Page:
The case for not so small government

The physical infrastructure was no better then than it is now, and banks’ lending was no more diversified. Yet earlier this decade Nigeria posted decent, if not spectacular, rates of per head growth, which might now give rise to nostalgia in some quarters. If we wanted to debunk the achievement, we could point to oil prices above US$100/b, the near depletion of the excess crude account (ECA), and the accumulation of sizeable arrears to contractors and others. To pursue this line of thinking, all tiers of government were supporting household consumption. The oil economy does indirectly account for at least 50 percent of the Nigerian economy if only less than 10 percent in the national accounts.

A repeat is not possible. The oil price is now somewhat lower although it is possible to construct a scenario of recurring tensions in the Middle East and of an economic meltdown in Venezuela to get us back to US$100/b. The balance in the ECA is little more than US$2bn, and the operation of the treasury single account has created something approaching a fiscal straitjacket.
China has lifted hundreds of millions of its population out of poverty by delivering double-digit growth over two decades. On the African continent, it is said that Ethiopia has achieved the same over one decade but for smaller numbers obviously. Nigeria needs a decade of 8 percent plus annual growth to make a sizeable impact on poverty and unemployment levels.

In our view, this requires a core role for the government and the broader public sector including the CBN, but not a replication of their past efforts. We are not an advocate of small government. There is a compelling argument that an industry performs better with limited official intervention. It has been made for the telecoms sector in Nigeria and for horticulture in Kenya but it has limited application across the economy.
The transformation of Nigerian agriculture from mostly subsistence to commercial, for example, will not happen unless the authorities are involved in proving inputs (including credit), let alone building rural roads. As analysts dissect the national accounts of the past few quarters, a consensus has emerged that agriculture has performed relatively well. It could have done better naturally but the progress it has made reflects the focus of the current and previous administrations.

The government has a role to provide the correct enabling environment, and we can see the reward for its efforts in Nigeria’s move more than 20 places up the table in the World Bank Group’s Doing Business 2018. It can sell off some state-owned companies in industries where it has underperformed. It can provide incentives for industries it wants to encourage while remaining selective and recognizing the fiscal consequences of not being so.
The public sector also has to provide credit where the private does not. Agriculture is a well-documented case in point. The Anchor Borrowers’ Programme is the latest CBN initiative to release funds to the sector. Development banks and marketing boards were out of fashion in the 1980s, and many were closed down under World Bank credits in the name of structural adjustment. Fashions change, and we currently have the Bank of Industry, the Bank of Agriculture, the Federal Mortgage Bank of Nigeria and the latest addition, the Development Bank of Nigeria. The commercial banks are not going to finance mass housing and support bona fide microfinance, so the relevant state institutions have to step in.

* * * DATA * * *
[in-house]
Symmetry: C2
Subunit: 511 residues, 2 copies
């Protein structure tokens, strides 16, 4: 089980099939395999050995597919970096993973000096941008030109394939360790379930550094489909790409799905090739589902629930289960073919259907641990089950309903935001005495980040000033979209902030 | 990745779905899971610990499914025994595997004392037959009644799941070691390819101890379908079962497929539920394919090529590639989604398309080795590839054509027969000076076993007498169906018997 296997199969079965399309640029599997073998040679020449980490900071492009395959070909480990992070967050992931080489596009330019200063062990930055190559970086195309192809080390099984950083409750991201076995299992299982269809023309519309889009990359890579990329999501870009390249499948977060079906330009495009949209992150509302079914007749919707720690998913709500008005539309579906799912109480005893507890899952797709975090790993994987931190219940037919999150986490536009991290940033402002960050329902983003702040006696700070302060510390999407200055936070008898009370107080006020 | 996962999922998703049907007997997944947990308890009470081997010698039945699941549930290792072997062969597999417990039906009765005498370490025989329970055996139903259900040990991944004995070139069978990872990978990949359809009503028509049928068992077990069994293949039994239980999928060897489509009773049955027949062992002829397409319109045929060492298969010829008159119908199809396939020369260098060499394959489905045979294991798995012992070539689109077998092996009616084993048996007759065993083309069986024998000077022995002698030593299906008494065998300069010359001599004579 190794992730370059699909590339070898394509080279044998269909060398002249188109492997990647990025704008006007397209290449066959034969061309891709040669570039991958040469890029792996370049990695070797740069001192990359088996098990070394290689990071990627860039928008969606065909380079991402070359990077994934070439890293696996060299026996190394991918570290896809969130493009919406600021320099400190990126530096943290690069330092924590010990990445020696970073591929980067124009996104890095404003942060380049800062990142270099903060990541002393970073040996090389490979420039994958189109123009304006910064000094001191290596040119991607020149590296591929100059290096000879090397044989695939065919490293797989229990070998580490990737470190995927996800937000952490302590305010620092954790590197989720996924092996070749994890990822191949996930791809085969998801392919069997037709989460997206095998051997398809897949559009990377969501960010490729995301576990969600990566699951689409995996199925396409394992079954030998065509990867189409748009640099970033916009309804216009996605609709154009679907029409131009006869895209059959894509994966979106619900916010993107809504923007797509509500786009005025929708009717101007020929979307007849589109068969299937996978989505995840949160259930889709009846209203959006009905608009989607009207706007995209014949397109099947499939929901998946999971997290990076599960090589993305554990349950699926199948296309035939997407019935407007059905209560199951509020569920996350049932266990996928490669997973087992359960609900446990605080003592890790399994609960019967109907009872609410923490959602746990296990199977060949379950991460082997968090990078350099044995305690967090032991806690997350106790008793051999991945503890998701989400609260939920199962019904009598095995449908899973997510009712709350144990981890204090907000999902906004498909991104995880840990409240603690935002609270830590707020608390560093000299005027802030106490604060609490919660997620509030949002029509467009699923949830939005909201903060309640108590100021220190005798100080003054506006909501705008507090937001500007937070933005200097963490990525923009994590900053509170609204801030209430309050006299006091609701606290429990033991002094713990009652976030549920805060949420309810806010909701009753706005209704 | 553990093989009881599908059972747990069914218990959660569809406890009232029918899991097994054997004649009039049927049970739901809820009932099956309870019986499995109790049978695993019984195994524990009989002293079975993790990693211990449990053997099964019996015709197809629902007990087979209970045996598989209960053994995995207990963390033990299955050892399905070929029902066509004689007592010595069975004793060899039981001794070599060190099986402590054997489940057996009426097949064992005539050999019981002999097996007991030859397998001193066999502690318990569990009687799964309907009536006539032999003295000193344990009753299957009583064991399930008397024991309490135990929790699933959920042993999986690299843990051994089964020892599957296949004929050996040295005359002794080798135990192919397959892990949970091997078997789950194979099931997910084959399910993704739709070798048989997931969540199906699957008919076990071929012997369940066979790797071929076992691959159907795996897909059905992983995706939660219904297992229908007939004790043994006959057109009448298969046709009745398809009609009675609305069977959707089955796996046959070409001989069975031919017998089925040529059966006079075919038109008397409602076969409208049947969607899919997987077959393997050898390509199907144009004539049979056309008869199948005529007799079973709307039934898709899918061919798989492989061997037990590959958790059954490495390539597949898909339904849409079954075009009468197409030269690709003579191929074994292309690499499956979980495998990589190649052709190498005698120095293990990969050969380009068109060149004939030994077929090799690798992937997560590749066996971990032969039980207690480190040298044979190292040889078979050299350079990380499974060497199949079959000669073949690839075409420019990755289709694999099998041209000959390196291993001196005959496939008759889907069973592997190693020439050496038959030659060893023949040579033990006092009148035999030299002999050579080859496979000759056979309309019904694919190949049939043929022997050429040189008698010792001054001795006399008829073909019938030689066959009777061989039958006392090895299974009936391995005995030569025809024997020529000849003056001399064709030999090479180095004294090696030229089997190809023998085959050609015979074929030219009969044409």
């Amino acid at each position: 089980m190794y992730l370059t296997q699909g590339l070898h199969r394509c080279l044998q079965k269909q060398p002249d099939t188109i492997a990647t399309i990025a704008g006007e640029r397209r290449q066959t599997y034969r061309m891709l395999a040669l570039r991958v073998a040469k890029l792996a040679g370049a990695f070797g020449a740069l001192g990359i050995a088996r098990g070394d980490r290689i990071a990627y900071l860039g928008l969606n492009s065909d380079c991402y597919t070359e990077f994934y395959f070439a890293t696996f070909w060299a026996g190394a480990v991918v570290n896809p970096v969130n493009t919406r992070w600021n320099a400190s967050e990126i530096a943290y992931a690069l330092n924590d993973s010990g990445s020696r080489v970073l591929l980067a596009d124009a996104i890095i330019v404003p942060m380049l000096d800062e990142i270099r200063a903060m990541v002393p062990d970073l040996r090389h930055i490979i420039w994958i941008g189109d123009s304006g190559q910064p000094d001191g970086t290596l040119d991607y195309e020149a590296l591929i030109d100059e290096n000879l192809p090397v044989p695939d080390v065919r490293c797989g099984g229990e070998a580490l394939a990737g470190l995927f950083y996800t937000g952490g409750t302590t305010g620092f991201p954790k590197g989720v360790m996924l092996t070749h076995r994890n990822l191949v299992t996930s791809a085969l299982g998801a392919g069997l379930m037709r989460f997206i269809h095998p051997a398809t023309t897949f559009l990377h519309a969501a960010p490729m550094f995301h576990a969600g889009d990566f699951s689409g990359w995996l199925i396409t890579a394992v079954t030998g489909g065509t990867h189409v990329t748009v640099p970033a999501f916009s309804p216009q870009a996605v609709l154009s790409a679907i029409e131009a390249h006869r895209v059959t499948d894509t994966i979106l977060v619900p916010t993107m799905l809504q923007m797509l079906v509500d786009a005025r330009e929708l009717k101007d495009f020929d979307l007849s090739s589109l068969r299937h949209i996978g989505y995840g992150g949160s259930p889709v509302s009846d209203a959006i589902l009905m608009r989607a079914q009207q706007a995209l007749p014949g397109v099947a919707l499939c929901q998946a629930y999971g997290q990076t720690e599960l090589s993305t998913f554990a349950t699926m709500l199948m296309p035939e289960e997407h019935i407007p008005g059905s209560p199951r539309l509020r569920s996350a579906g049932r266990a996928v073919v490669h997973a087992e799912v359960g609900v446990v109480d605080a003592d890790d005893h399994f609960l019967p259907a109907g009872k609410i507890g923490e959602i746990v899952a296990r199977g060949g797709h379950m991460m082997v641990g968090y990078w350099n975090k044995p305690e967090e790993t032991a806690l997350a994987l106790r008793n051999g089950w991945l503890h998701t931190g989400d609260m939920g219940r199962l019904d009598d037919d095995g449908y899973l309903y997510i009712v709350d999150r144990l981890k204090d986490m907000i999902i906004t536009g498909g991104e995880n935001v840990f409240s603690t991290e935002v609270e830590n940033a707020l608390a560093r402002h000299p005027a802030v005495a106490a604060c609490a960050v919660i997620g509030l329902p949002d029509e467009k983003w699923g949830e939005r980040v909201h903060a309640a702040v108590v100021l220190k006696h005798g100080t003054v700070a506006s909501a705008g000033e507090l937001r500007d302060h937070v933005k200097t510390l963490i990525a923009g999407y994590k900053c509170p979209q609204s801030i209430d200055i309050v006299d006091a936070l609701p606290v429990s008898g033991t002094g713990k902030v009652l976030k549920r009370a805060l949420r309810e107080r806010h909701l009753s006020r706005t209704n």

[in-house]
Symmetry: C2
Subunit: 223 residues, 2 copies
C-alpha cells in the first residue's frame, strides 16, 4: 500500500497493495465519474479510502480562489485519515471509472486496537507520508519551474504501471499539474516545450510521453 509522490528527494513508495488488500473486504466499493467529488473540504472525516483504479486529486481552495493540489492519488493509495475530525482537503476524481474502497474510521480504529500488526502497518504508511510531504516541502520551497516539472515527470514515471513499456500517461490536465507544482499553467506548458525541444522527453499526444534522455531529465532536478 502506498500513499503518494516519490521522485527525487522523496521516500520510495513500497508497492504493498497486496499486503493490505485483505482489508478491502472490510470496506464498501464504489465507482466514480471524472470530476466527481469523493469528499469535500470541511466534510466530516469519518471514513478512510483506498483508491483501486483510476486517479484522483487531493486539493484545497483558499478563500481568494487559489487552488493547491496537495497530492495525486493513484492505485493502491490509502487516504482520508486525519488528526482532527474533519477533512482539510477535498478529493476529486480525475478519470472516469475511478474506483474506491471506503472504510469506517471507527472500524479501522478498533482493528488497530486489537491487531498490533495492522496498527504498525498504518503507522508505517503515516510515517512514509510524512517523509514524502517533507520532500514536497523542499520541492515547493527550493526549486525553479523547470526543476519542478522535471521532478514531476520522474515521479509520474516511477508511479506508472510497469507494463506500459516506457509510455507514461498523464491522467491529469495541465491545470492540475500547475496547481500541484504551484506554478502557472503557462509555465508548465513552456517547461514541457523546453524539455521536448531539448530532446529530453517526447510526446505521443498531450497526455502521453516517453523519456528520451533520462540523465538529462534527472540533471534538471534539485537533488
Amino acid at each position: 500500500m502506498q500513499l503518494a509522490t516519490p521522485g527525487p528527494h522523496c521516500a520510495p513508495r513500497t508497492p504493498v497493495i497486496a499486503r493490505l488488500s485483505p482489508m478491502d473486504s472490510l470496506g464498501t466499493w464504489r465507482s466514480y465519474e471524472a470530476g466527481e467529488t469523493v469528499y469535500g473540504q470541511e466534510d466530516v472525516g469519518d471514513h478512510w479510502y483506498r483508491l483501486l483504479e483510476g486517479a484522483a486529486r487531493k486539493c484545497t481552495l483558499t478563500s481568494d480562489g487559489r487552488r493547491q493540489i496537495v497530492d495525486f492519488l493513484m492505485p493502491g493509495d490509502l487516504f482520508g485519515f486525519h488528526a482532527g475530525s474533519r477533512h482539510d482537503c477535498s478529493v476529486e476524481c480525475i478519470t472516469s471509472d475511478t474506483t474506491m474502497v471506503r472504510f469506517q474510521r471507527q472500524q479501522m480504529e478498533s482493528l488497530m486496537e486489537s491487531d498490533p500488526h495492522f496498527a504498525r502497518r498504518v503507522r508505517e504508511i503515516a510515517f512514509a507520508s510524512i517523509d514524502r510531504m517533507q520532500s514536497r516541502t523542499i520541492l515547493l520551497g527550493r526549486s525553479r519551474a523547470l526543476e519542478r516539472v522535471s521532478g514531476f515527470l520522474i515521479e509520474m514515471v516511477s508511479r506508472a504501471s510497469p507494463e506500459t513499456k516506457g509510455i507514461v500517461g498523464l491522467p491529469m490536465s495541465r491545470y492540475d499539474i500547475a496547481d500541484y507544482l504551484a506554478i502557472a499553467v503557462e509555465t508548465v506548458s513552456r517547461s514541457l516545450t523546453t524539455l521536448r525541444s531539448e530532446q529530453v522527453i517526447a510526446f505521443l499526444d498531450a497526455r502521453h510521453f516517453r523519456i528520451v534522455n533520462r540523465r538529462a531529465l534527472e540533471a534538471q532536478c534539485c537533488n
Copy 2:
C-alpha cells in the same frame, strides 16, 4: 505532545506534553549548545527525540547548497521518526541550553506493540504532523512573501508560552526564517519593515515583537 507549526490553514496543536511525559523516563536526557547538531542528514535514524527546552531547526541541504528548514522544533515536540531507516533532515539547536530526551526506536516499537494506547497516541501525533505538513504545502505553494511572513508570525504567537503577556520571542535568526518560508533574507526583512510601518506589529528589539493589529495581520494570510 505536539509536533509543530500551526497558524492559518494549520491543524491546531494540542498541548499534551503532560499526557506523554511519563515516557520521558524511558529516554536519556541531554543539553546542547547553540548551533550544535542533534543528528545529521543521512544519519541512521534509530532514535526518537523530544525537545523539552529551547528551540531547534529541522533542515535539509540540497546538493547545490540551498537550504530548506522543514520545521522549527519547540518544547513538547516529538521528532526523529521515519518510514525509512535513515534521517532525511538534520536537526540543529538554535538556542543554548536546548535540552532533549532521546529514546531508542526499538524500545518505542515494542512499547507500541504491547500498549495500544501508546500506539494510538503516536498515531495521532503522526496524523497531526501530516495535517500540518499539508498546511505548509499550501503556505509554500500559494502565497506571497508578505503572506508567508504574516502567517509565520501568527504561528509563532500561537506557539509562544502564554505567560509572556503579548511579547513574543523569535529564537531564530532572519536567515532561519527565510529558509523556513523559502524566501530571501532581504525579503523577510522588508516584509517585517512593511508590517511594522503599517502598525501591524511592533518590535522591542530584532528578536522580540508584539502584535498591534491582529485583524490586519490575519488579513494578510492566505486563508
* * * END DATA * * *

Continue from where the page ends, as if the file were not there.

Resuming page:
Yet another role for government is to deliver good fiscal discipline including rigorous procurement, reduction of wasteful expenditure, monitoring of public contracts, and best practice in debt management. From the far corner of this virtual room, I hear the objection that these standards have proved beyond most Nigerian administrations. This may be the case but public officials have to work towards them.

The benefit of this discipline is that the FGN could then provide the largest input that would restore, and even improve upon the growth rates achieved in the first half of the 2010s, and on a basis to create employment and reduce poverty. That input is capital spending by the three tiers of government. The published numbers point to movement in the right direction. The Office of the Accountant-General of the Federation shows FGN capital expenditure at N600bn in the calendar year 2016, rising to N1.2trn last year.

We all know that industry could function far more productively and at lower cost if it had uninterrupted access to power from the national grid. Some official estimates have put the funding gap in the power sector at US$10bn per year for five years. The bill could well be higher. The same could be said of the railways, the roads, the airports, and broadband. This is the way forward for Nigeria to deliver the growth to create jobs, raise incomes and lift its citizens out of poverty. It has been tried elsewhere, notably in East Asia, and worked. It requires not so small government.
The laissez faire alternative will not cover the many areas which the private sector will not enter.

Gregory Kronsten
Head, Macroeconomic & Fixed Income Research

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